“We’ve heard our female employees. My daughter tools me out about it. She saw a World of Warcraft cinematic of the Dragon Aspects, and my daughter was like, ‘Why are they all in swimsuits?’ And I was like, ‘I don’t know. I don’t know anymore.'”

So bravo, cheers, clapping and champagne all around! Blizzard has Admitted That It Has a Problem. Kind of hard to deny, when this is one of the most powerful characters in the fictional universe, and in fact what pretty much all the major female characters look like, give or take some color variations in armor and skin tone:


That is, of course, one of those bikini-wearing girls Metzen’s daughter objected to: Alexstraza the Life-Binder, an ancient shapeshifting dragon who apparently likes to appear as a nearly-naked redhead, and whose backstory in the Warcraft universe includes being imprisoned, raped, and forcibly bred so that one of the factions could have evil dragon monsters in their army. That’s been part of the Warcraft story since Warcraft II: Tides of Darkness way back in 1995:

Mighty chains of adamantine steel bind the most powerful creature in all of Azeroth – Alexstrasza the Dragon Queen. Captured and ensorcelled by magiks contrived by the Dragonmaw clan, the great Dragon is kept in a constant state of weakness and pain. As the unwilling slave of the Horde, the Queen is closely watched as she lays her precious eggs. The Dragonmaw clan then raises her young to fight for the Horde – slaying the whelps when they become too powerful to be properly controlled. Constant efforts are made to break Alexstrasza’s will in an attempt to master the control of more mature dragons.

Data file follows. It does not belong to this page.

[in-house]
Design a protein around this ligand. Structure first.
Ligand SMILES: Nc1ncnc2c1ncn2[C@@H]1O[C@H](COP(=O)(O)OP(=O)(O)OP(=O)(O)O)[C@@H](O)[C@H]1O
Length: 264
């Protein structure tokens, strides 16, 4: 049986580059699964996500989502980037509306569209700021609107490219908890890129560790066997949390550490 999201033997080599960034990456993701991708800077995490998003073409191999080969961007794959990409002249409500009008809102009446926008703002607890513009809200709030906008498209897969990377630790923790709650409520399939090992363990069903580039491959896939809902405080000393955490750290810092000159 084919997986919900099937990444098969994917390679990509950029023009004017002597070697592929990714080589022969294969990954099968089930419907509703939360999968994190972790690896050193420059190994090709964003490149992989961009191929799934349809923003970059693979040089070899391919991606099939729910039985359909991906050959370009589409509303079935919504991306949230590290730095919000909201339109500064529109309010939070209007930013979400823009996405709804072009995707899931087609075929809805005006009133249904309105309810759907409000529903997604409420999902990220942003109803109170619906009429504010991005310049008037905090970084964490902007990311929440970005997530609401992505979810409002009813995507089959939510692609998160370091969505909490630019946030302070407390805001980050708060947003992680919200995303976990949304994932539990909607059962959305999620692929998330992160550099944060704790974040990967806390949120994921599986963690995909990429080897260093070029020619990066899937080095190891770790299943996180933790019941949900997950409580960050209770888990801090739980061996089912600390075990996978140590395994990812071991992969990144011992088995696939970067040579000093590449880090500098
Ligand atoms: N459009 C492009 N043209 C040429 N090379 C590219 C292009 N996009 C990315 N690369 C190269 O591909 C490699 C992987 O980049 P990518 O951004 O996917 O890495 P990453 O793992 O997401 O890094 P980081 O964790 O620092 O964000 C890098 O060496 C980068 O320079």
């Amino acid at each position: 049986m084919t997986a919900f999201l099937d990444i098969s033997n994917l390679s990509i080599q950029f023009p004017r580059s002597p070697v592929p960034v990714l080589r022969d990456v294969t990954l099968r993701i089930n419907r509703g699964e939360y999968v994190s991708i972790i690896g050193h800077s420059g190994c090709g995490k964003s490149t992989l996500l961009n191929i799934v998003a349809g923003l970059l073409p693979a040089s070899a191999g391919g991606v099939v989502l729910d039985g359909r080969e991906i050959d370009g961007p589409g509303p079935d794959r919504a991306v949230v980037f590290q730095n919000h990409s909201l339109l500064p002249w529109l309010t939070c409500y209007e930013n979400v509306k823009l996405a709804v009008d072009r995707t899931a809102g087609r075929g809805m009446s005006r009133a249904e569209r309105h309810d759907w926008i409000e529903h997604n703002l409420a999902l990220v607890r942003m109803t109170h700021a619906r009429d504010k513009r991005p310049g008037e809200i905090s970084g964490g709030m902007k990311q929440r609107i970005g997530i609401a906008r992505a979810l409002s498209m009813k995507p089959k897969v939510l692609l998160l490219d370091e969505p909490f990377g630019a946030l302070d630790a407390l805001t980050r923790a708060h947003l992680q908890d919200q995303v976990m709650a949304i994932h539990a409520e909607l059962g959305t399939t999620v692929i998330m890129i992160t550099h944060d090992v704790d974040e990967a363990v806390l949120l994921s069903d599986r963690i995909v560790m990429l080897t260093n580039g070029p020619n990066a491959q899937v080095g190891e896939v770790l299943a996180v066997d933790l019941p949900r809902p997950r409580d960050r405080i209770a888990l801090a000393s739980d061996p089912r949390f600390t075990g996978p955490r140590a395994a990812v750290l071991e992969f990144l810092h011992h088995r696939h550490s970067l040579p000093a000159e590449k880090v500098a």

Of course, back then no one had explicitly stated that Warcraft dragons were sentient creatures with human-level or better intelligence (although it seems pretty heavily implied), and the whole “Aspects of Blahdeblah” concept that Alexstraza eventually became part of wasn’t even a glimmer in an underpaid fantasy writer’s eye. That came about much later, under the auspices of Metzen himself, who re-wrote a lot of Warcraft’s draconic history but apparently liked the forced breeding part enough to keep it.

(Fun fact: you can still play as a member of the same “Horde” faction that enslaved Alexstraza, and her current in-game incarnation will give you quests and cheer you when you do a good job like any other NPC. What’s a few decades of continual rape between friends?)

No word from Metzen yet on how his daughter feels about daddy’s slave-rape storyline, or the general lack of female lore characters in the upcoming expansion, but it’s nice to know he’s working on the bikini thing. Or at least thinks someone should be working on the bikini thing, maybe, someday.

Here, everything is awful and depressing, but cheer yourselves up with this photoshop of one of Warcraft’s male heroes in the default female armor style:

varian-in-female-armor-warcraftHe seems ready for battle, doesn’t he?


Meet the New Gridlock, Same as the Old Gridlock

gridlockMuch beating of breasts and wailing this morning, no? (Or crowing, depending on your partisan flavor — the beating of breasts works either way, though.)